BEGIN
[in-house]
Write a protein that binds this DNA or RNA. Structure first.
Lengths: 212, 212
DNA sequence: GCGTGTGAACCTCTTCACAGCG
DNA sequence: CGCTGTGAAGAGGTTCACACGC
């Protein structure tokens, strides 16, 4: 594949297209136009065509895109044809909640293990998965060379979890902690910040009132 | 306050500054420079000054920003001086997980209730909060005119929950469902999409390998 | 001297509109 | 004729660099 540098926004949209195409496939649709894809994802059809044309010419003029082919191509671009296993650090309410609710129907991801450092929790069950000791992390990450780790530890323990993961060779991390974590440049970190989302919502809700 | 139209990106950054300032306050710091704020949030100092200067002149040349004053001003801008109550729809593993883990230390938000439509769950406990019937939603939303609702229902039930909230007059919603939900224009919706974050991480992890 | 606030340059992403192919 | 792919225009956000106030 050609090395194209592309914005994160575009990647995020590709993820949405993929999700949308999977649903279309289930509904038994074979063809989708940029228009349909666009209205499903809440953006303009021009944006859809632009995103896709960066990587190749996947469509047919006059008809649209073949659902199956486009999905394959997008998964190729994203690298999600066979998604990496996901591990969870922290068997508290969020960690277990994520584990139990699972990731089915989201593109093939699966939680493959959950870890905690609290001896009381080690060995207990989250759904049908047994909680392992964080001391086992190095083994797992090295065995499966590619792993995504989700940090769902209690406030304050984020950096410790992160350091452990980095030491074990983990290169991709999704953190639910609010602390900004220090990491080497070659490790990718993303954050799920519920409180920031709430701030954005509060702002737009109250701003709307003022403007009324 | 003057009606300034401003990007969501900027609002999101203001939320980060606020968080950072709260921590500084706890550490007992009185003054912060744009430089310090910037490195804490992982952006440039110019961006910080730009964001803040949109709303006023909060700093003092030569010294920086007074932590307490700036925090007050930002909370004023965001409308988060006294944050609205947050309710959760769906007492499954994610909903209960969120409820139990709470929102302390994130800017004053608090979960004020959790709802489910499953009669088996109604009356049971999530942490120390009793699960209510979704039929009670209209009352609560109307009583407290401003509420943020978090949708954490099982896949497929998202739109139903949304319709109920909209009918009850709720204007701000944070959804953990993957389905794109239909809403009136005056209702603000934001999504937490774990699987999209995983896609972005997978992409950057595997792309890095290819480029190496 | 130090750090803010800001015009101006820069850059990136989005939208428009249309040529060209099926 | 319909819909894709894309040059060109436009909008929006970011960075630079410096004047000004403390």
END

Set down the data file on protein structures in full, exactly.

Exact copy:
[in-house]
Write a protein that binds this DNA or RNA. Structure first.
Lengths: 212, 212
DNA sequence: GCGTGTGAACCTCTTCACAGCG
DNA sequence: CGCTGTGAAGAGGTTCACACGC
């Protein structure tokens, strides 16, 4: 594949297209136009065509895109044809909640293990998965060379979890902690910040009132 | 306050500054420079000054920003001086997980209730909060005119929950469902999409390998 | 001297509109 | 004729660099 540098926004949209195409496939649709894809994802059809044309010419003029082919191509671009296993650090309410609710129907991801450092929790069950000791992390990450780790530890323990993961060779991390974590440049970190989302919502809700 | 139209990106950054300032306050710091704020949030100092200067002149040349004053001003801008109550729809593993883990230390938000439509769950406990019937939603939303609702229902039930909230007059919603939900224009919706974050991480992890 | 606030340059992403192919 | 792919225009956000106030 050609090395194209592309914005994160575009990647995020590709993820949405993929999700949308999977649903279309289930509904038994074979063809989708940029228009349909666009209205499903809440953006303009021009944006859809632009995103896709960066990587190749996947469509047919006059008809649209073949659902199956486009999905394959997008998964190729994203690298999600066979998604990496996901591990969870922290068997508290969020960690277990994520584990139990699972990731089915989201593109093939699966939680493959959950870890905690609290001896009381080690060995207990989250759904049908047994909680392992964080001391086992190095083994797992090295065995499966590619792993995504989700940090769902209690406030304050984020950096410790992160350091452990980095030491074990983990290169991709999704953190639910609010602390900004220090990491080497070659490790990718993303954050799920519920409180920031709430701030954005509060702002737009109250701003709307003022403007009324 | 003057009606300034401003990007969501900027609002999101203001939320980060606020968080950072709260921590500084706890550490007992009185003054912060744009430089310090910037490195804490992982952006440039110019961006910080730009964001803040949109709303006023909060700093003092030569010294920086007074932590307490700036925090007050930002909370004023965001409308988060006294944050609205947050309710959760769906007492499954994610909903209960969120409820139990709470929102302390994130800017004053608090979960004020959790709802489910499953009669088996109604009356049971999530942490120390009793699960209510979704039929009670209209009352609560109307009583407290401003509420943020978090949708954490099982896949497929998202739109139903949304319709109920909209009918009850709720204007701000944070959804953990993957389905794109239909809403009136005056209702603000934001999504937490774990699987999209995983896609972005997978992409950057595997792309890095290819480029190496 | 130090750090803010800001015009101006820069850059990136989005939208428009249309040529060209099926 | 319909819909894709894309040059060109436009909008929006970011960075630079410096004047000004403390």